Passing parameters to non-'root' function in compose

purrr
functions

#1

I've tried to create a reprex to the best of my ability. I have to read in a .txt file and split it using different regular expressions a bunch and would like to save some code. I'm wondering if it is possible to solve this problem using compose() and partial() or if I should create a function, the way I'm trying to do it I keep getting an error. For example:

library(tidyverse)

textfile <- "https://byuistats.github.io/M335/data/randomletters.txt"

read_and_split <- compose(partial(str_split, simplify = T), 
                          read_lines)

# I would use it in the following ways
read_and_split(textfile, pattern = "")
#> Error in last(...): unused argument (pattern = "")
read_and_split(textfile, pattern = "[^0-9]+")
#> Error in last(...): unused argument (pattern = "[^0-9]+")

Created on 2019-01-10 by the reprex package (v0.2.1)

Am I going about this the wrong way (trying to spice up my purrr chops) or should I refactor this into a function? I'm pretty sure the technical term regarding this is 'currying' but haven't found many helpful resources explaining how we do it in R (besides the purrr mission statement saying (...) is a replacement for it).


#2

The root problem is that read_and_split is accepting the textfile argument only, even though the dots ... suggest a variable number

read_and_split
function (...) 
{
  out <- last(...)
  for (f in rev(rest)) {
    out <- f(out)
  }
  out
}

It knows to send text_file to read_lines but it doesn't know to send pattern to str_split

Adding

library(tokenizer)
tokenize_regex(read_lines(textfile), pattern = "\\s+", simplify = FALSE)

seems promising, because you will now only have one function to wrap and it takes both arguments you want to vary.


#3

@technocrat is correct.
Composing usually means that output of one function is exactly the input of the second function. This also means that input of first function should be the input to only first function. Your hunch about currying is correct, but in R we usually do it with partial as you did in your example. However, if I understood you correctly, you want to have multiple functions with possibly multiple regexes going over the same text file. You can achieve this with partial by creating multiple functions that all take only one argument, so one implementation can be something like the following:

library(magrittr)

regexes <- list("[^0-9]+", "[^a-z]+")

reg_fun <- purrr::map(regexes, ~purrr::partial(stringr::str_split, pattern = .x, simplify = TRUE)) %>%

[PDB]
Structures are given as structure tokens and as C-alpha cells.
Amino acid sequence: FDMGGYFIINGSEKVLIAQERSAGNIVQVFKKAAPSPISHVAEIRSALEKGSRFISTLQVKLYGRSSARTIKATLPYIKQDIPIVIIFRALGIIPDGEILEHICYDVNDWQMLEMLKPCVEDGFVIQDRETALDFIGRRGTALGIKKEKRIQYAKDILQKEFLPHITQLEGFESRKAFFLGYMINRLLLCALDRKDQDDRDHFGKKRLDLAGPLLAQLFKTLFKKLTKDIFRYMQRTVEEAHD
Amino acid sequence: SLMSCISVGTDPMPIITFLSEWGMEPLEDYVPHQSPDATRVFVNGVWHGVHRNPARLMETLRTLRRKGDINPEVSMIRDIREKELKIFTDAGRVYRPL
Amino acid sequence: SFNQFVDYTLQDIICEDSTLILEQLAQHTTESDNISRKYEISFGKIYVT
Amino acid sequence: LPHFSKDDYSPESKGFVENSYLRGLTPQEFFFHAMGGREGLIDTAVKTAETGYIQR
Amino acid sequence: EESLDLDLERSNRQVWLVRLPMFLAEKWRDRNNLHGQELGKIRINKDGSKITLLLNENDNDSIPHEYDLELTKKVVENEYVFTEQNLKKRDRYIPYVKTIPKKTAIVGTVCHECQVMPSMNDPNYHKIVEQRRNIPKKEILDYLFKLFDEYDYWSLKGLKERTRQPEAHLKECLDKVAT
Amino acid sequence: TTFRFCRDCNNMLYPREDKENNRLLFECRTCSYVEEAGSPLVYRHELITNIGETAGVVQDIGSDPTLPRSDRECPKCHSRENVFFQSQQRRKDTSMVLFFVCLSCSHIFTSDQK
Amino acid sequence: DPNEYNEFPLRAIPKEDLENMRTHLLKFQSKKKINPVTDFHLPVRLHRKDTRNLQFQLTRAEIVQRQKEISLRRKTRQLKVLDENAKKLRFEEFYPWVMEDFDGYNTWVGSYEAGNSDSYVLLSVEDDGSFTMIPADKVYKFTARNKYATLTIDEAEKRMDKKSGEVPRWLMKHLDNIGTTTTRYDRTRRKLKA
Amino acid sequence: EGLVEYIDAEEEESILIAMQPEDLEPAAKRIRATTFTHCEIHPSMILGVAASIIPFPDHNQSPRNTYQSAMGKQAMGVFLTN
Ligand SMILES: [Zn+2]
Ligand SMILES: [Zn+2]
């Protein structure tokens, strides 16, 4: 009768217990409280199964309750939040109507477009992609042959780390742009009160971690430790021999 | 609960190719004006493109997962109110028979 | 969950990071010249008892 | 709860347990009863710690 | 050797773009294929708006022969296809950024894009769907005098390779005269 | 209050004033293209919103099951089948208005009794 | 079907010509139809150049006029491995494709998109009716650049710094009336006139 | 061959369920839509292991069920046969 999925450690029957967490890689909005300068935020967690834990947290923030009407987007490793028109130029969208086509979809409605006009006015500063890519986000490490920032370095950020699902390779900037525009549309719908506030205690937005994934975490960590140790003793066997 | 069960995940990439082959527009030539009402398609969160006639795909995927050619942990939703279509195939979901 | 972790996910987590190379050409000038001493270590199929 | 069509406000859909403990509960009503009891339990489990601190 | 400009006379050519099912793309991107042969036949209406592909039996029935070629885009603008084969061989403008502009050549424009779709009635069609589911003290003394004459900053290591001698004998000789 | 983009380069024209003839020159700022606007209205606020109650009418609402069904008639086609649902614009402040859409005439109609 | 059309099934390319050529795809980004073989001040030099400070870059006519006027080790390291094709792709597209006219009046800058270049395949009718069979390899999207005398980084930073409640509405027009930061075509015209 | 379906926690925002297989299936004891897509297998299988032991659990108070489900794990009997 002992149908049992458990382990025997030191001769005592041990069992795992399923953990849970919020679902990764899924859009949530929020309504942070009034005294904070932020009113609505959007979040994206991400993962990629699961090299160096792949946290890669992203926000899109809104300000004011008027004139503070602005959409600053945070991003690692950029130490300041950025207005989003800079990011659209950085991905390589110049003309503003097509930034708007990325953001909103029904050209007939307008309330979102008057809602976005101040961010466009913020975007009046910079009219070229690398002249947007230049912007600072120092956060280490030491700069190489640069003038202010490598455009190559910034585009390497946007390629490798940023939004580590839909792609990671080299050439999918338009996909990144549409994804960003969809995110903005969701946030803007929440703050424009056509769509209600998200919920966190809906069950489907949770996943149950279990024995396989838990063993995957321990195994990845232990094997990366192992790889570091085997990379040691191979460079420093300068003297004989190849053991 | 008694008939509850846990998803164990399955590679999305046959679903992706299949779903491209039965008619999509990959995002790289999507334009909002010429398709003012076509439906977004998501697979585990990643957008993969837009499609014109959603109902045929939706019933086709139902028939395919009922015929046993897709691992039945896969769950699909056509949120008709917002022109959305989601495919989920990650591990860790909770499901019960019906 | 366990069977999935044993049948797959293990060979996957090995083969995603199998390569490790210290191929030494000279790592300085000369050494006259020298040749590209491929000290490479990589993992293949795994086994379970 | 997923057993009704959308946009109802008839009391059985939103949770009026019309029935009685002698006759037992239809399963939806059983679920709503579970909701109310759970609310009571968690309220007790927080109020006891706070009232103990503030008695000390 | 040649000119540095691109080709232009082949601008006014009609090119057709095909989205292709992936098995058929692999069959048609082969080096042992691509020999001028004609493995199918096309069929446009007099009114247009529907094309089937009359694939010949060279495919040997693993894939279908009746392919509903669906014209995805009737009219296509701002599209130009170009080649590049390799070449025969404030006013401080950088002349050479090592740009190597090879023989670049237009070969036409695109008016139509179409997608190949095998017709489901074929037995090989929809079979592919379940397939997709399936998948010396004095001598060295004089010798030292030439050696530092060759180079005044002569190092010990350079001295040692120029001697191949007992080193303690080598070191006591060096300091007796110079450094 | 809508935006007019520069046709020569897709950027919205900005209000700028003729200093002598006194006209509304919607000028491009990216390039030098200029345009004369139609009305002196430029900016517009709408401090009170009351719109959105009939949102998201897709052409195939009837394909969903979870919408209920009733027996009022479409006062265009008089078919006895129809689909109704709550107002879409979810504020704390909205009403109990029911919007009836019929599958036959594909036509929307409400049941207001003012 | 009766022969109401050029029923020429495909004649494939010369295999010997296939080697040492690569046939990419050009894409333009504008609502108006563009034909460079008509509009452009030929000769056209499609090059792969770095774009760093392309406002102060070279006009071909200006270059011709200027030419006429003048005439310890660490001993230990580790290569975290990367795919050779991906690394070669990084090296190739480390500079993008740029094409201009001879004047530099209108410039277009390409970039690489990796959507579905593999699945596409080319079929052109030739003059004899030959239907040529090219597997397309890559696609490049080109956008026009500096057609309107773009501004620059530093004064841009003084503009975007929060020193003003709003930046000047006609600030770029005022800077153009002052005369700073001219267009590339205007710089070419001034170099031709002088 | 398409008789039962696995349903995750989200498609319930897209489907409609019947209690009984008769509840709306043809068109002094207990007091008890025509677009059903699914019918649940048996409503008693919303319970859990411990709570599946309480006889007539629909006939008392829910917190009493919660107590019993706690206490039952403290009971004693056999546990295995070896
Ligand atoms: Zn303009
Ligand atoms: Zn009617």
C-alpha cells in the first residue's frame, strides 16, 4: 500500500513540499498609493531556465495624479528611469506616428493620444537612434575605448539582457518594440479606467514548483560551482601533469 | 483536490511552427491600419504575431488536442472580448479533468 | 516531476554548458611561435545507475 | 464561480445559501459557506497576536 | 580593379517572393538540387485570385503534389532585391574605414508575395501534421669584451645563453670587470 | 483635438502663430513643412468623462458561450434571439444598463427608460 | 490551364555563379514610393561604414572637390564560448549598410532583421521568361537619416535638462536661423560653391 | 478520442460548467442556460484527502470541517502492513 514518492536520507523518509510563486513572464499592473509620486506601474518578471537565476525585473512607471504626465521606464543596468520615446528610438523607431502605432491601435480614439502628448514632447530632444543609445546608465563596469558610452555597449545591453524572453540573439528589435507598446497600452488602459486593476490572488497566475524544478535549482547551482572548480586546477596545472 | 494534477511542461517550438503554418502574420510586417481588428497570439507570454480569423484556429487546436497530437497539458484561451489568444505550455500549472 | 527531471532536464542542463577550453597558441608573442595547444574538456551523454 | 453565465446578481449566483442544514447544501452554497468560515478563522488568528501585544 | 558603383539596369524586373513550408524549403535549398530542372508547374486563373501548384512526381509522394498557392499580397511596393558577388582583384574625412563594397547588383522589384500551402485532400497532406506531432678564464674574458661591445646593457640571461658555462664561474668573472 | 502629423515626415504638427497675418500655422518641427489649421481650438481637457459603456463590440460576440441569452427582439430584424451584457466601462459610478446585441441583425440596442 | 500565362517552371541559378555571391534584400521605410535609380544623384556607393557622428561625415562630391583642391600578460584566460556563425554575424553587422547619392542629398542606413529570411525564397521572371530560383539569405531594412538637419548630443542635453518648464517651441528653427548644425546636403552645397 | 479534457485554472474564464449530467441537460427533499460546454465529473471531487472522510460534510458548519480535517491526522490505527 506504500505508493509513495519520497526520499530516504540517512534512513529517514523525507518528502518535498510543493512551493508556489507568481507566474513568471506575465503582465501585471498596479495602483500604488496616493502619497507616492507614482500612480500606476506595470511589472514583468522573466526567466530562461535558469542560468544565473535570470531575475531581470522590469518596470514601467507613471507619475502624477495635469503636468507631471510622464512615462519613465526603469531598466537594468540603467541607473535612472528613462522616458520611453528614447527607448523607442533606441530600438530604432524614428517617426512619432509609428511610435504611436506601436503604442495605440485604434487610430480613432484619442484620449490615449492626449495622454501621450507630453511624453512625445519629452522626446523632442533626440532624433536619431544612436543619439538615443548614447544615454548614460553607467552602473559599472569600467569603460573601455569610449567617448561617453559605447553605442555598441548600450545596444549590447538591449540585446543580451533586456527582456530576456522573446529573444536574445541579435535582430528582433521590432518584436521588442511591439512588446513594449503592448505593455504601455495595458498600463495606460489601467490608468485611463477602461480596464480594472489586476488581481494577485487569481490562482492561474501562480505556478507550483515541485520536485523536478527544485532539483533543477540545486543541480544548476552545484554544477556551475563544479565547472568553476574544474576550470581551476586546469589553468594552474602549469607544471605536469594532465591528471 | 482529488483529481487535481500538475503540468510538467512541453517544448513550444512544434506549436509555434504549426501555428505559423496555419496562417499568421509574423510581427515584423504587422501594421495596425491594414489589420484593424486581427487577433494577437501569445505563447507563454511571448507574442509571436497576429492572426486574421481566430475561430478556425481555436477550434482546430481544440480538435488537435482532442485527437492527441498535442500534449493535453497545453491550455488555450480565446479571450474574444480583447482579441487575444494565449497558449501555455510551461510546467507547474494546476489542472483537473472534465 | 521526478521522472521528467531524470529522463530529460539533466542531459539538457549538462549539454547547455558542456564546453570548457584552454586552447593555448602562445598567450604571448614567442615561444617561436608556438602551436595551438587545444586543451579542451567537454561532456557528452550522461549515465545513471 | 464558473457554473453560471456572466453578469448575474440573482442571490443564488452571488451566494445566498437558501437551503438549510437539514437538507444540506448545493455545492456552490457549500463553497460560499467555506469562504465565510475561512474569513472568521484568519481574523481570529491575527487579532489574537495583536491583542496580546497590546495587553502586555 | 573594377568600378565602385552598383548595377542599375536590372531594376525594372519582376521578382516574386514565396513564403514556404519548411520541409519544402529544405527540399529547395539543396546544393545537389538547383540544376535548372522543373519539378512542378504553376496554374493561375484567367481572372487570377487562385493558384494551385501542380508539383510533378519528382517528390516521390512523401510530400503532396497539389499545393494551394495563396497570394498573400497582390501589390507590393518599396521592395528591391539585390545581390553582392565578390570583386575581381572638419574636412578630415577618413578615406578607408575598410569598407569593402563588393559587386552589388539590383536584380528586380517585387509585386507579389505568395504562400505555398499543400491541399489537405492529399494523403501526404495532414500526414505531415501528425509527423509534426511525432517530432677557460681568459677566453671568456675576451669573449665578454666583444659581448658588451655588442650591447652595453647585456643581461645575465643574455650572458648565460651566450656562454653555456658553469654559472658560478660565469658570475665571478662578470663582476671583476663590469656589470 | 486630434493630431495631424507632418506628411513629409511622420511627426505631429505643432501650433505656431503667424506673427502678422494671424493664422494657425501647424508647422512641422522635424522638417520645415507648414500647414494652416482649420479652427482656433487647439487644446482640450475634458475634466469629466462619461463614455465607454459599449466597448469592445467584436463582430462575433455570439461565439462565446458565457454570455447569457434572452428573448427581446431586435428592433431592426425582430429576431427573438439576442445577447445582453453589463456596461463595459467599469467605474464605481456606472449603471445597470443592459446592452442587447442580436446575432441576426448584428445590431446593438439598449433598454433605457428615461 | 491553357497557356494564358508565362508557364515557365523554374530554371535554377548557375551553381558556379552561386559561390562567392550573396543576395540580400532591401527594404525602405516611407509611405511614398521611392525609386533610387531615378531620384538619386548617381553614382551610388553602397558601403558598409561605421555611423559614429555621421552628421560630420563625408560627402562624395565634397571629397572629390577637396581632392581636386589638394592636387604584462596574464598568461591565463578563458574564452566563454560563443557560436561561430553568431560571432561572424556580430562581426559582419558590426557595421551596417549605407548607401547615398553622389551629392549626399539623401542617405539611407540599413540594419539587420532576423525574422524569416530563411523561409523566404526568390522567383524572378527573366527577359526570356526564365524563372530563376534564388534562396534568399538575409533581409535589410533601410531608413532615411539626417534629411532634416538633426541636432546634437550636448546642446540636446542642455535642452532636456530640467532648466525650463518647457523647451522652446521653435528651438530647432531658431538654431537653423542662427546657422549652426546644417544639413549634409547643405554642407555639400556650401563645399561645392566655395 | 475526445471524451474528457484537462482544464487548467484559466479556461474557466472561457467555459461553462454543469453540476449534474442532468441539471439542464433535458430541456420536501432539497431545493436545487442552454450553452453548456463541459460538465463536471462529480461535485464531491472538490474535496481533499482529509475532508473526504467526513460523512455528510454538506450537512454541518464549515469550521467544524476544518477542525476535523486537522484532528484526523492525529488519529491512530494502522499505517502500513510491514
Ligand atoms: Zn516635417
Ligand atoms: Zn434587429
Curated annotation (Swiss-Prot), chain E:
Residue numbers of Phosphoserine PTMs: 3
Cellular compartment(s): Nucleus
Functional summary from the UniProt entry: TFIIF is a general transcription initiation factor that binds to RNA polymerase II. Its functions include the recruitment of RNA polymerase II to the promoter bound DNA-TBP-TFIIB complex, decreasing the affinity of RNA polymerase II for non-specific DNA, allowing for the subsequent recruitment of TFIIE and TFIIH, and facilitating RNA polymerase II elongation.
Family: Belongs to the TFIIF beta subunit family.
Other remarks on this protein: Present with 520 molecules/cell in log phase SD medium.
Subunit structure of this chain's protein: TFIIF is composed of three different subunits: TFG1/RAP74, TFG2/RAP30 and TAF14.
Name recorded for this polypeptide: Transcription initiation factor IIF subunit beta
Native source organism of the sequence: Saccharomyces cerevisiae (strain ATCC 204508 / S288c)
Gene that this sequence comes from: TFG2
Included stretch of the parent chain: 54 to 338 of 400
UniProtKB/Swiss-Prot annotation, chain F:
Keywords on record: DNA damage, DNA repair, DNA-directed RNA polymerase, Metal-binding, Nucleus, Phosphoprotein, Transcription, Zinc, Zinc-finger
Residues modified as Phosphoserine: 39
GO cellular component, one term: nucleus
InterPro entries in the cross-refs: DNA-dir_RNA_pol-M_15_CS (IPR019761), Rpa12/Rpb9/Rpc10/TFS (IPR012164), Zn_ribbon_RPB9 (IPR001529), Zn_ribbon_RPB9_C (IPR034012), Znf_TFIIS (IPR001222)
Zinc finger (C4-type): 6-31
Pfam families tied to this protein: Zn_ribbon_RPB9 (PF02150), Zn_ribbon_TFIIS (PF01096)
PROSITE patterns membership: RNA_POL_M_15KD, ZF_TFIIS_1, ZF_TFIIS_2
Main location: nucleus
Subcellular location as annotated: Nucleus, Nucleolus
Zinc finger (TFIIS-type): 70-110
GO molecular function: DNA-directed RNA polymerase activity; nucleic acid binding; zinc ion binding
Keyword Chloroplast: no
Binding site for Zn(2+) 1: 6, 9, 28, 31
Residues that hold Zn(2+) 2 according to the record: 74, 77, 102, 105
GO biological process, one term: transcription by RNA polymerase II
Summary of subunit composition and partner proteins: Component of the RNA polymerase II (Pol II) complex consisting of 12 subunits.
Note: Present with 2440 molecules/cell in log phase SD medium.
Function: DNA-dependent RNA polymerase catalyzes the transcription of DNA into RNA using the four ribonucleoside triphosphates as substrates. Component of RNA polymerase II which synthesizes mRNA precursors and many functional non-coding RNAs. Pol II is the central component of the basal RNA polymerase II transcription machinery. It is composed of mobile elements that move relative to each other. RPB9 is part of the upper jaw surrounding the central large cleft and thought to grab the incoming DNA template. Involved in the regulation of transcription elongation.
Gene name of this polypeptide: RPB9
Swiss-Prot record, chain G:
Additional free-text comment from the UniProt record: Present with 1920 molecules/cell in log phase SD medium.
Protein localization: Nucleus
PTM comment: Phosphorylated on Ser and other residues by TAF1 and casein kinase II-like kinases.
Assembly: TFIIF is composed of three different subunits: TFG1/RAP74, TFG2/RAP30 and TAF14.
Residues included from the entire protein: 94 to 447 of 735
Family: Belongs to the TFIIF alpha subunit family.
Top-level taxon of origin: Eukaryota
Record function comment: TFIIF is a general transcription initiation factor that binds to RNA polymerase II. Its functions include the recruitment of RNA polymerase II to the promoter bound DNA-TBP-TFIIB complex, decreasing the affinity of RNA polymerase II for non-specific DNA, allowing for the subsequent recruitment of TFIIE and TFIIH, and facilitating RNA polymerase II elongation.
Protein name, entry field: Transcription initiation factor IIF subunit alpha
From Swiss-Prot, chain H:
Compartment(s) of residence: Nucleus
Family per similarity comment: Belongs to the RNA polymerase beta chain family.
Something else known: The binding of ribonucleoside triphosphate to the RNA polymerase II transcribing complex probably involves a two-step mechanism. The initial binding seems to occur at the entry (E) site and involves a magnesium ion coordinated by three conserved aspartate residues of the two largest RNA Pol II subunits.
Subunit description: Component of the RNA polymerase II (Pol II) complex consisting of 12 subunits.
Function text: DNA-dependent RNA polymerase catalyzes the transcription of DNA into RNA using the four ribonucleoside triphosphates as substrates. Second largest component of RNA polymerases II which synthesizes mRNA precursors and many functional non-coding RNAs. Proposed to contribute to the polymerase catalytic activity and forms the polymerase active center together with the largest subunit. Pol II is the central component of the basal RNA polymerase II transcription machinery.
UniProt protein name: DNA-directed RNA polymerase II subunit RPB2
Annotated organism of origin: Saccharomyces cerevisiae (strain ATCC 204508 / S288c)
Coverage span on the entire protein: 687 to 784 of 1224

purrr::reduce(purrr::compose)

string <- "some string that is not that useful in this example, but demonstrates the approach"

reg_fun(string)
#>       [,1] [,2]
#>  [1,] ""   ""  
#>  [2,] ""   ""  
#>  [3,] ""   ""  
#>  [4,] ""   ""  
#>  [5,] ""   ""  
#>  [6,] ""   ""  
#>  [7,] ""   ""  
#>  [8,] ""   ""  
#>  [9,] ""   ""  
#> [10,] ""   ""  
#> [11,] ""   ""  
#> [12,] ""   ""  
#> [13,] ""   ""  
#> [14,] ""   ""

Created on 2019-01-11 by the reprex package (v0.2.1)


#4

This is very interesting but I'm having trouble understanding the nature of reg_fun(). Is it applying the regex to the file and then applying the second regex or is it applying both regex separately? Also unfortunatley, I'm using different textfiles so ideally my solution would also take a path to a file too.

I tried running the reg_fun() without the reduce(compose) and it looks like it's returning two separate functions.


#5

partial fills in all the parameters with only string left to fill. So you can think of that like you do with a pipe:

string %>%
  first_function_from_reg_fun() %>%
  second_function_from_reg_fun() 

So, to answer your question, it will first apply first regex to string and then apply second str_split with a regex to the result of first transformation.

But let's step back a bit. What is the result you want to achieve? I tried running your example by hand and I'm not getting anything meaningful.


#6

My use case is broader than just the split. But essentially I have several text files that I need to find the "hidden-message" in using regex and some other stuff. I'm trying to get better at my functional programming chops and while I can refactor read_and_split() into a function, I am trying to develop a better understanding of purrr's toolset and functional programming. Below is a more complete example of what I am doing:

library(tidyverse)

read_and_split <- function(txtfile, patt){
  read_lines(txtfile) %>% 
    str_split(pattern = patt, simplify = T)
}

read_and_split("https://byuistats.github.io/M335/data/randomletters.txt", 
               patt = "") %>% 
  .[c(1, seq(0, length(.), 1700))] %>% 
  str_c(collapse = "") %>% 
  str_remove_all("[^.]+$")
#> [1] "the plural of anecdote is not data."

read_and_split("https://byuistats.github.io/M335/data/randomletters_wnumbers.txt",
               patt = "[^0-9]+") %>% 
  as.numeric() %>% na.omit() %>% 
  letters[.] %>% str_c(collapse = "")
#> [1] "expertsoftenpossessmoredatathanjudgment"

Created on 2019-01-11 by the reprex package (v0.2.1)

I should add, this is an assignment that I've already completed, but there is a challenge to minimize your code to as few lines as possible so I'm trying to do that for the challenge.